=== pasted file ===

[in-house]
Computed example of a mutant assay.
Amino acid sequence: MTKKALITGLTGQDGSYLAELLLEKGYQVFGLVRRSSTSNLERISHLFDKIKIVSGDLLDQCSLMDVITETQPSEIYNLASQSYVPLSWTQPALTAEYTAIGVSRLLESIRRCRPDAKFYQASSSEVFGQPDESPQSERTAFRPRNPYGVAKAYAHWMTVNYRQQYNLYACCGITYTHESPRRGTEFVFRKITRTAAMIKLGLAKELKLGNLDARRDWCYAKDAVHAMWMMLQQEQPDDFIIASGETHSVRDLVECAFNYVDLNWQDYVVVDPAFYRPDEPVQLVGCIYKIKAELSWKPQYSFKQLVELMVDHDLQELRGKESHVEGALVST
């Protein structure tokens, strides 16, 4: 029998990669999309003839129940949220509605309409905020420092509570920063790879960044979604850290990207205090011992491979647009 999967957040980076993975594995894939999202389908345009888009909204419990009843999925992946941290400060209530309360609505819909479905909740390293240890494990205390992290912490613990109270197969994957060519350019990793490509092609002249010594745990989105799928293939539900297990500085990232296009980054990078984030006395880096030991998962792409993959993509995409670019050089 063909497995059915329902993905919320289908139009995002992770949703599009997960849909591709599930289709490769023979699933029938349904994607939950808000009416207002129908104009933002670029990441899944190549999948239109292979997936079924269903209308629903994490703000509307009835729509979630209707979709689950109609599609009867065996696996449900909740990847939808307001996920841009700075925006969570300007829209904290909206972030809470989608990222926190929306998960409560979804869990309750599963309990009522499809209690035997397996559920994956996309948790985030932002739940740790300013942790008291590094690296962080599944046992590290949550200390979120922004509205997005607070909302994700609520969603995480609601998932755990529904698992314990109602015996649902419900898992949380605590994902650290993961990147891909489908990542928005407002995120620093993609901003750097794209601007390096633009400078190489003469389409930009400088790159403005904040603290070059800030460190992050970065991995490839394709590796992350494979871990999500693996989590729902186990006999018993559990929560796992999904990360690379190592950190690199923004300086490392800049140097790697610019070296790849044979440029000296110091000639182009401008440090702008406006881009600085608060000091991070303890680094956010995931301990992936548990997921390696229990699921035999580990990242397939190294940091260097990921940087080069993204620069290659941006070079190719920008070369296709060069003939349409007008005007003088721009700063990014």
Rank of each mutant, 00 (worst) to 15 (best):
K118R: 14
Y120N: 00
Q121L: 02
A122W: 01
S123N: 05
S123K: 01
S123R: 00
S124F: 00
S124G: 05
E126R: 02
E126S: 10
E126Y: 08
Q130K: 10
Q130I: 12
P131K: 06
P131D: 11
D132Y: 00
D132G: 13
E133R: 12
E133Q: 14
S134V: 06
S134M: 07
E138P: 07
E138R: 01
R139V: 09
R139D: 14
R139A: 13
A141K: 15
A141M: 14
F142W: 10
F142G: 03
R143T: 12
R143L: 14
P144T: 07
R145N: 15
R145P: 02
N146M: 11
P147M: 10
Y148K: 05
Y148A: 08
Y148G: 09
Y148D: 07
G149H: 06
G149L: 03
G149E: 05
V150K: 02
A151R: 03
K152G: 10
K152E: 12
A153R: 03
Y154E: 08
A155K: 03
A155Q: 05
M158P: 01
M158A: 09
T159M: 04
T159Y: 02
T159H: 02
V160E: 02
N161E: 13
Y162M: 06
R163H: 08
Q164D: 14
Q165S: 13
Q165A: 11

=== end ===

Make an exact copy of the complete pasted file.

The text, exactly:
[in-house]
Computed example of a mutant assay.
Amino acid sequence: MTKKALITGLTGQDGSYLAELLLEKGYQVFGLVRRSSTSNLERISHLFDKIKIVSGDLLDQCSLMDVITETQPSEIYNLASQSYVPLSWTQPALTAEYTAIGVSRLLESIRRCRPDAKFYQASSSEVFGQPDESPQSERTAFRPRNPYGVAKAYAHWMTVNYRQQYNLYACCGITYTHESPRRGTEFVFRKITRTAAMIKLGLAKELKLGNLDARRDWCYAKDAVHAMWMMLQQEQPDDFIIASGETHSVRDLVECAFNYVDLNWQDYVVVDPAFYRPDEPVQLVGCIYKIKAELSWKPQYSFKQLVELMVDHDLQELRGKESHVEGALVST
């Protein structure tokens, strides 16, 4: 029998990669999309003839129940949220509605309409905020420092509570920063790879960044979604850290990207205090011992491979647009 999967957040980076993975594995894939999202389908345009888009909204419990009843999925992946941290400060209530309360609505819909479905909740390293240890494990205390992290912490613990109270197969994957060519350019990793490509092609002249010594745990989105799928293939539900297990500085990232296009980054990078984030006395880096030991998962792409993959993509995409670019050089 063909497995059915329902993905919320289908139009995002992770949703599009997960849909591709599930289709490769023979699933029938349904994607939950808000009416207002129908104009933002670029990441899944190549999948239109292979997936079924269903209308629903994490703000509307009835729509979630209707979709689950109609599609009867065996696996449900909740990847939808307001996920841009700075925006969570300007829209904290909206972030809470989608990222926190929306998960409560979804869990309750599963309990009522499809209690035997397996559920994956996309948790985030932002739940740790300013942790008291590094690296962080599944046992590290949550200390979120922004509205997005607070909302994700609520969603995480609601998932755990529904698992314990109602015996649902419900898992949380605590994902650290993961990147891909489908990542928005407002995120620093993609901003750097794209601007390096633009400078190489003469389409930009400088790159403005904040603290070059800030460190992050970065991995490839394709590796992350494979871990999500693996989590729902186990006999018993559990929560796992999904990360690379190592950190690199923004300086490392800049140097790697610019070296790849044979440029000296110091000639182009401008440090702008406006881009600085608060000091991070303890680094956010995931301990992936548990997921390696229990699921035999580990990242397939190294940091260097990921940087080069993204620069290659941006070079190719920008070369296709060069003939349409007008005007003088721009700063990014």
Rank of each mutant, 00 (worst) to 15 (best):
K118R: 14
Y120N: 00
Q121L: 02
A122W: 01
S123N: 05
S123K: 01
S123R: 00
S124F: 00
S124G: 05
E126R: 02
E126S: 10
E126Y: 08
Q130K: 10
Q130I: 12
P131K: 06
P131D: 11
D132Y: 00
D132G: 13
E133R: 12
E133Q: 14
S134V: 06
S134M: 07
E138P: 07
E138R: 01
R139V: 09
R139D: 14
R139A: 13
A141K: 15
A141M: 14
F142W: 10
F142G: 03
R143T: 12
R143L: 14
P144T: 07
R145N: 15
R145P: 02
N146M: 11
P147M: 10
Y148K: 05
Y148A: 08
Y148G: 09
Y148D: 07
G149H: 06
G149L: 03
G149E: 05
V150K: 02
A151R: 03
K152G: 10
K152E: 12
A153R: 03
Y154E: 08
A155K: 03
A155Q: 05
M158P: 01
M158A: 09
T159M: 04
T159Y: 02
T159H: 02
V160E: 02
N161E: 13
Y162M: 06
R163H: 08
Q164D: 14
Q165S: 13
Q165A: 11